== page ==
Allowing super to use EvaluateConstruct, or "How do I inherit from Date?"

Allen Wirfs-Brock allen at wirfs-brock.com
Mon Jan 7 11:56:07 PST 2013


On Jan 7, 2013, at 8:46 AM, Brandon Benvie wrote:

> Also it's not just confusing. Arrays and Date can be jury rigged to function correctly with the recent ES6 spec changes, as you demonstrated. That still leaves it impossible to extend Boolean, Number, String, and RegExp (leaving out Function on purpose since that's in a league of its own and would depend on @@call being added) because they are construct sensitive and have no post-creation way of mutating their internal value.

They all can be jury rigged.   At the level of the specification I can factor the initialization between the @@create function and the built-in constructor pretty much any way I want while still preserving external immutability of the internal data properties. ES code can doing similar things via private symbols.  The patterns I use for this jury rigging work for both direct and super calls to the constructors.

I think the real issue is whether we want to encourage the style of constructor where "called as a constructor" and "called as a function" do completely different things.  I'm leaning towards the conclusions that we shouldn't.  One reason is that the language is fighting so hard against that pattern.  Anything that requires multiple low level hacks to the language semantics (and possibly new syntax) to make it "just work" probably is something that shouldn't be done.

For the non-spec readers out there, here is the jury rigging pattern.  Every "class" in the spec. that has different constructor/function call behavior has (will have) a @@create method that allocates its instances and in the process tags the instance with a brand and perhaps a not yet initialized flag. In a new expression, the @@create call happens before the call to the actual constructor function and the result of the @@create call is what is passed as the this value to the constructor.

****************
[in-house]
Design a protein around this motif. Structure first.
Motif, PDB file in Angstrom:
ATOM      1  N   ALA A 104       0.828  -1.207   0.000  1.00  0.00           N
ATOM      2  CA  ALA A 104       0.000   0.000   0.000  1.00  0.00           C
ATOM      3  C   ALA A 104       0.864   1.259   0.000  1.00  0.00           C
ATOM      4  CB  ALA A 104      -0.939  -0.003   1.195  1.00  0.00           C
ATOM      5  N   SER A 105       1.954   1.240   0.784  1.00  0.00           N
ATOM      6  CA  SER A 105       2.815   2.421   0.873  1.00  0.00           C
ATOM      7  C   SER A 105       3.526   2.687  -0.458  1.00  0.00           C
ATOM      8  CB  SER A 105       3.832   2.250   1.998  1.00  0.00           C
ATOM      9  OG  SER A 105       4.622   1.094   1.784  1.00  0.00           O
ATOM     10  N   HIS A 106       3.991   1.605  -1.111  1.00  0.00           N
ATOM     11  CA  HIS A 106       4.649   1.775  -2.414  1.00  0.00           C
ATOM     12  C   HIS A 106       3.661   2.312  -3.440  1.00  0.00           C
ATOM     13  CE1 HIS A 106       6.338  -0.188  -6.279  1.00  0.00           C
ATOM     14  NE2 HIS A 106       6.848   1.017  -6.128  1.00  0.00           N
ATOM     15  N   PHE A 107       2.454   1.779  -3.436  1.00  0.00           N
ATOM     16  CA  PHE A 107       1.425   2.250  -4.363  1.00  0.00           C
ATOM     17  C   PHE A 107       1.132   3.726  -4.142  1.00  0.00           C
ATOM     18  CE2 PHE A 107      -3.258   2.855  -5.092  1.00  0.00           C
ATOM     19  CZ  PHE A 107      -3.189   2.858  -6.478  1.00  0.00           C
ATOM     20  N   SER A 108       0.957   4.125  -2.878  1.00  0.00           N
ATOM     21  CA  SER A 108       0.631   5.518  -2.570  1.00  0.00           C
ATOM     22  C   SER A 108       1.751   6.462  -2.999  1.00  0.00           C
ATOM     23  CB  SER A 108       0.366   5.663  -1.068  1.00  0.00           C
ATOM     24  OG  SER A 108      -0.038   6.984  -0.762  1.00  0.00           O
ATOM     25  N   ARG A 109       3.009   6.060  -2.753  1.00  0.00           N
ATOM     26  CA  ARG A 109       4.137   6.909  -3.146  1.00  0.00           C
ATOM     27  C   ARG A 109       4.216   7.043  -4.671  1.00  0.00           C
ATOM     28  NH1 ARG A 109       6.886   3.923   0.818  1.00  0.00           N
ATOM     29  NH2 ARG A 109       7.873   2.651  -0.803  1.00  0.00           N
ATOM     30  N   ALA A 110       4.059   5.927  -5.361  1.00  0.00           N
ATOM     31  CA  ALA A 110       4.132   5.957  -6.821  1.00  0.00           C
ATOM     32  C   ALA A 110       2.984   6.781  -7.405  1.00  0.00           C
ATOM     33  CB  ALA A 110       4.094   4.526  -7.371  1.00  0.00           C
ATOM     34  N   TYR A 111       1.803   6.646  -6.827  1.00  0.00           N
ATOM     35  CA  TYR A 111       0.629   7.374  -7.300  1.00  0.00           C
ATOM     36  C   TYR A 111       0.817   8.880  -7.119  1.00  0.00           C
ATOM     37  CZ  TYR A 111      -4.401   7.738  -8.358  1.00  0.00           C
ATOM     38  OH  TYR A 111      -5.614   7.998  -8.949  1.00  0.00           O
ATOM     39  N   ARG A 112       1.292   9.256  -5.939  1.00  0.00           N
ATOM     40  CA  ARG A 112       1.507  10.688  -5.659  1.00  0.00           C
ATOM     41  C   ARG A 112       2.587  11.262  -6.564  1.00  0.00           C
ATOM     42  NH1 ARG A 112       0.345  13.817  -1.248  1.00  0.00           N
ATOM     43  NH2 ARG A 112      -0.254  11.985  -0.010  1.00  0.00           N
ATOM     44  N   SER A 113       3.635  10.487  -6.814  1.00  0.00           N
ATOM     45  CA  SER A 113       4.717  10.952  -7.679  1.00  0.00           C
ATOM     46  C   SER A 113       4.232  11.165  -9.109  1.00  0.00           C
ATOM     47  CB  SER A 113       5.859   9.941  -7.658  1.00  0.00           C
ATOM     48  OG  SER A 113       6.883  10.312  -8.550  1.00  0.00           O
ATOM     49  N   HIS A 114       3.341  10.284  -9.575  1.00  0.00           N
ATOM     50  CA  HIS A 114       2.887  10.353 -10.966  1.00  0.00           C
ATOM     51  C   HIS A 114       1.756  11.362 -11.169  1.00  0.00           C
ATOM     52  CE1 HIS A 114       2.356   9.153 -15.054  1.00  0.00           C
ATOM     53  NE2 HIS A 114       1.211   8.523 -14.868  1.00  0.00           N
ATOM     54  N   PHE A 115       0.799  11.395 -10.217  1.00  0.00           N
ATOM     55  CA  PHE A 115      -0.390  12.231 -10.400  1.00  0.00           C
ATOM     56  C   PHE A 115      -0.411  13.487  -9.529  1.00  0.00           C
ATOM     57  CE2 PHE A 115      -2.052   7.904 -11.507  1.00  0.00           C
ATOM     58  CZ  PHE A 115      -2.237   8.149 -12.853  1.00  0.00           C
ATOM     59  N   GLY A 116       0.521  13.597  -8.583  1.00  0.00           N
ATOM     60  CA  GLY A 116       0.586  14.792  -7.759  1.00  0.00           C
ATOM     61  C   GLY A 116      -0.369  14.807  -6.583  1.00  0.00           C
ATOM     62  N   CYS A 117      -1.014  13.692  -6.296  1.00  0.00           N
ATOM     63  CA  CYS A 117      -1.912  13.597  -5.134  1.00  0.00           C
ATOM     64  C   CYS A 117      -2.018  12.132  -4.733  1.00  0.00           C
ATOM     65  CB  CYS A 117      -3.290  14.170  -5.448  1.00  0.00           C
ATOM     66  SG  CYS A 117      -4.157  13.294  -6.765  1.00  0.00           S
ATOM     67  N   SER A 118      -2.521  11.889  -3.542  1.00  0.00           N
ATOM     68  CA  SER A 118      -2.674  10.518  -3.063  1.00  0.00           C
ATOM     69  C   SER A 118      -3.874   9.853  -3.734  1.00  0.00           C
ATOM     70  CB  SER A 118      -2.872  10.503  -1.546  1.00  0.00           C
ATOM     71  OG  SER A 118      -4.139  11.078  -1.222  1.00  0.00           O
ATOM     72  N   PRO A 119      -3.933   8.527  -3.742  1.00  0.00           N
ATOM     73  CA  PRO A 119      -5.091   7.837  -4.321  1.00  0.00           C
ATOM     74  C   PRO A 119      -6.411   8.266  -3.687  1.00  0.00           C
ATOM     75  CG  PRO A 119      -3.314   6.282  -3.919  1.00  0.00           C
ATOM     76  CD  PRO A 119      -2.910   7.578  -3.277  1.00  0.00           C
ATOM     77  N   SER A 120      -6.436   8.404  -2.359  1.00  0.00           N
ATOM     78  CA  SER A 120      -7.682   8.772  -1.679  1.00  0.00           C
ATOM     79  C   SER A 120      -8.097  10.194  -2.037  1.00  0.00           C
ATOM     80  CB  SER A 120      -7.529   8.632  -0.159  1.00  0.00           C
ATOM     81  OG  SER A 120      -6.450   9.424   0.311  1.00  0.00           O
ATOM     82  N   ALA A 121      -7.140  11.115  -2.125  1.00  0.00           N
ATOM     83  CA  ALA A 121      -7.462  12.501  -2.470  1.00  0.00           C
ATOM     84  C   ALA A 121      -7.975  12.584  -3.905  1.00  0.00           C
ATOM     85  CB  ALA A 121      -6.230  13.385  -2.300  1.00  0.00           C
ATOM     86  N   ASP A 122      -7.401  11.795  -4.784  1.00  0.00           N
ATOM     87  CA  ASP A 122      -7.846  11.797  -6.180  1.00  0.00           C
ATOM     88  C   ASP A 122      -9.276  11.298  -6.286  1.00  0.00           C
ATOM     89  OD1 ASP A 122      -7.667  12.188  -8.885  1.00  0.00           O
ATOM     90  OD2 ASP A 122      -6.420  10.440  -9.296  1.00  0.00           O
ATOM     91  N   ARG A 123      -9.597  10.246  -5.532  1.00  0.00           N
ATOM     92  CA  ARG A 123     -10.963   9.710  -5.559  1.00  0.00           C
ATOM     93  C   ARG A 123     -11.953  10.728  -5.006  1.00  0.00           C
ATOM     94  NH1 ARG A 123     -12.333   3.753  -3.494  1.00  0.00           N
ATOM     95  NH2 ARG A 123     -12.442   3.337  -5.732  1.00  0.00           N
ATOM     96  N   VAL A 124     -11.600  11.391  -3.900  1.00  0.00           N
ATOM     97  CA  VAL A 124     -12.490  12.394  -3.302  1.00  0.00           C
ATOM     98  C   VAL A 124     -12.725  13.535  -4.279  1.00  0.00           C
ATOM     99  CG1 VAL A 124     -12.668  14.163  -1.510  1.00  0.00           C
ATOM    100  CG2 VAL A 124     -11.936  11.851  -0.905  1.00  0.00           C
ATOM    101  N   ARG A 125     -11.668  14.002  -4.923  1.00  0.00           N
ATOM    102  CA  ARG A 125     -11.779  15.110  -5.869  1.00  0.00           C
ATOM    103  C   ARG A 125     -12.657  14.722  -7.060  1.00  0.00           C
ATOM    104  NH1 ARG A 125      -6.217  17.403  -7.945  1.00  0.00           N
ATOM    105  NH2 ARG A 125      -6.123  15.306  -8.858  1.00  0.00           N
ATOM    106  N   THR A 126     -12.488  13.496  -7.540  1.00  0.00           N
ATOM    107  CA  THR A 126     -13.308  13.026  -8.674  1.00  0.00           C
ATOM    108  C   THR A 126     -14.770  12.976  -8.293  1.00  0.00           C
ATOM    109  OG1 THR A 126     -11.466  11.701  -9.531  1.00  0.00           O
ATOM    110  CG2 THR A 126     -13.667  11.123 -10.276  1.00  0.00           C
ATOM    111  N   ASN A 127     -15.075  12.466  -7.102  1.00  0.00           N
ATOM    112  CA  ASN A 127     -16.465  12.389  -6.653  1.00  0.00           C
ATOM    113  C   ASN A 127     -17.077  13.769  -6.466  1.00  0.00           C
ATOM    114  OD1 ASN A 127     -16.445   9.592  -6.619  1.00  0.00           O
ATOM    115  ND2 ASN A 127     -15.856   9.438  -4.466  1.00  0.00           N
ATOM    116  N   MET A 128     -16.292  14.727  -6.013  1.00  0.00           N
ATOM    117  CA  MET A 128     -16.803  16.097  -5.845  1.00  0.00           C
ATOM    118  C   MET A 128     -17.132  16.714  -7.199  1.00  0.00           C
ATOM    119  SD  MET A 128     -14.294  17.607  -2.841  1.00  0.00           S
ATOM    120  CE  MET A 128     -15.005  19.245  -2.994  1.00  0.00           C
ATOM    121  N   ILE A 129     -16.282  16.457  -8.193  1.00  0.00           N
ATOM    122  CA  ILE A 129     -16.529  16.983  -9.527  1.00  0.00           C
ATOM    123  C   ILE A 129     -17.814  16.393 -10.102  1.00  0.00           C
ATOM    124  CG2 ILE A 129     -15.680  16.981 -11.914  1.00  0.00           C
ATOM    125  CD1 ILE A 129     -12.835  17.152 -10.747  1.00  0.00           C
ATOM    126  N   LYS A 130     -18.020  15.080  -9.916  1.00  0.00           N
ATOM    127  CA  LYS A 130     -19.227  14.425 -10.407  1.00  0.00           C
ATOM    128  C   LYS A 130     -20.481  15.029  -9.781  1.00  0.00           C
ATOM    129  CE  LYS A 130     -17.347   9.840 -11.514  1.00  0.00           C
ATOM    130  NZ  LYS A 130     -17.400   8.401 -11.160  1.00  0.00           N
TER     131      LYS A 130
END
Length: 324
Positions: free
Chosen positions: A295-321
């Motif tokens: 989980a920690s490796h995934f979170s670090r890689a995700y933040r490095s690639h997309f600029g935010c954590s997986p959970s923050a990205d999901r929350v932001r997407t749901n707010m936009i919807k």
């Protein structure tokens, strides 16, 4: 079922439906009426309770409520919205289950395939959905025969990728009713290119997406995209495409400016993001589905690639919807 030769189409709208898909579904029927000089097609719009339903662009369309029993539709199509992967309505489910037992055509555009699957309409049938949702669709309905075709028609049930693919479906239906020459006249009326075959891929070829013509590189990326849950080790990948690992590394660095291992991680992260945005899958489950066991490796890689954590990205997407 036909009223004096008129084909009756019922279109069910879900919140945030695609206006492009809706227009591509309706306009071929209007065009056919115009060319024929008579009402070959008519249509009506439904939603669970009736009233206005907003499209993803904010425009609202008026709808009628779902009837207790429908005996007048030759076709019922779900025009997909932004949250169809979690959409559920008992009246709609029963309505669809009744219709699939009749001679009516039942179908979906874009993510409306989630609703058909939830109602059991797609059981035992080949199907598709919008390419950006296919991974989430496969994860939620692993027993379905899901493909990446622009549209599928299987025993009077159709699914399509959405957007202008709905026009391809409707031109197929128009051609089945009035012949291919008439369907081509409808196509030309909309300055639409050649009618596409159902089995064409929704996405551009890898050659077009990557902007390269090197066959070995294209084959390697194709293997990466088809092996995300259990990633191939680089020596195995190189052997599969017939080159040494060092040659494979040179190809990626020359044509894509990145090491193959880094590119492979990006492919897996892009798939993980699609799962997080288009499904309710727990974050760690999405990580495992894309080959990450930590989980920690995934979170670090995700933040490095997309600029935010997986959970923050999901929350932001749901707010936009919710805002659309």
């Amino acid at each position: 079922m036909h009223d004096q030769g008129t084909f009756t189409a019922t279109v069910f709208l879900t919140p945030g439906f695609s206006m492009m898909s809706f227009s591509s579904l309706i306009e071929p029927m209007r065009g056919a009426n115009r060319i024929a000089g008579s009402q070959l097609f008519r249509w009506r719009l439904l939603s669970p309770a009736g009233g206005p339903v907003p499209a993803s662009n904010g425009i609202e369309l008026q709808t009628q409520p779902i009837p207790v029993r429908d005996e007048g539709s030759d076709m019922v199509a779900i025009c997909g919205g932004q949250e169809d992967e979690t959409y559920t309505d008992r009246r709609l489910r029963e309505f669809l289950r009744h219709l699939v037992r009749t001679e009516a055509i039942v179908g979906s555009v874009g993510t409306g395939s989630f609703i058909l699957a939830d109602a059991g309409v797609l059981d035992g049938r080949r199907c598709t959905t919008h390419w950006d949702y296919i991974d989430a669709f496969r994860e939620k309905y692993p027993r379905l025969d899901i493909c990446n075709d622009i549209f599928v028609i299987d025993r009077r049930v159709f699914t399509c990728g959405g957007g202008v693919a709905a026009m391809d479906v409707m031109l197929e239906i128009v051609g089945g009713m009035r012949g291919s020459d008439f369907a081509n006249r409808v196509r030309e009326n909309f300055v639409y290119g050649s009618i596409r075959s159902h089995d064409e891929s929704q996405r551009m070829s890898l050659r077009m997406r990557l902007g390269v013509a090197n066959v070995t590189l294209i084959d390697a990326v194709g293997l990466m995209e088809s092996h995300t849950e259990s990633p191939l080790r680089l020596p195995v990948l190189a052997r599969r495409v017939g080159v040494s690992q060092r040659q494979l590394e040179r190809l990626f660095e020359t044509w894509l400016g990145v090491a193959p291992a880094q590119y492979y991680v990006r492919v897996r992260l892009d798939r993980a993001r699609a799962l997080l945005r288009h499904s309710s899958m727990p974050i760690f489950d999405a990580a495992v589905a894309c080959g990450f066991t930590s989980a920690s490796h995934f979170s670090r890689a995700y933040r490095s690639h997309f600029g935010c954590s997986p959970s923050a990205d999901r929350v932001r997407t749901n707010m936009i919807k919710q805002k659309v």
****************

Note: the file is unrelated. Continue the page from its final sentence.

The constructor function, itself, is defined to determine its behavior based upon the this value that is passed to it.  It the this value is branded with the instance brand, the constructor initializes and returns the instance according to its normal definition.  Otherwise, if the this value is not an object or an object without the instance brand then the constructor performs the "call" functionality.  

For the existing built-in this jury rig appears to be adequate for ensuring compatibility with all existing code.  Consider all the ways that, for example, Number can currently be "called as a function":

let n; 
n = Number("1234");  //this is undefined so jury rig takes ToNumber path within constructor.
n = Number.call(null, "1")  //this is null so jury rig takes ToNumber path within constructor.
n = Number.call(1, "1")  //this is not an object so jury rig takes ToNumber path within constructor.
n = Number.call(new Object, "1");  //this is an object without the number brand so jury rig takes ToNumber path within constructor.
n = {foo: Number}.foo("1"); //this is an object without the number brand so jury rig takes ToNumber path within constructor.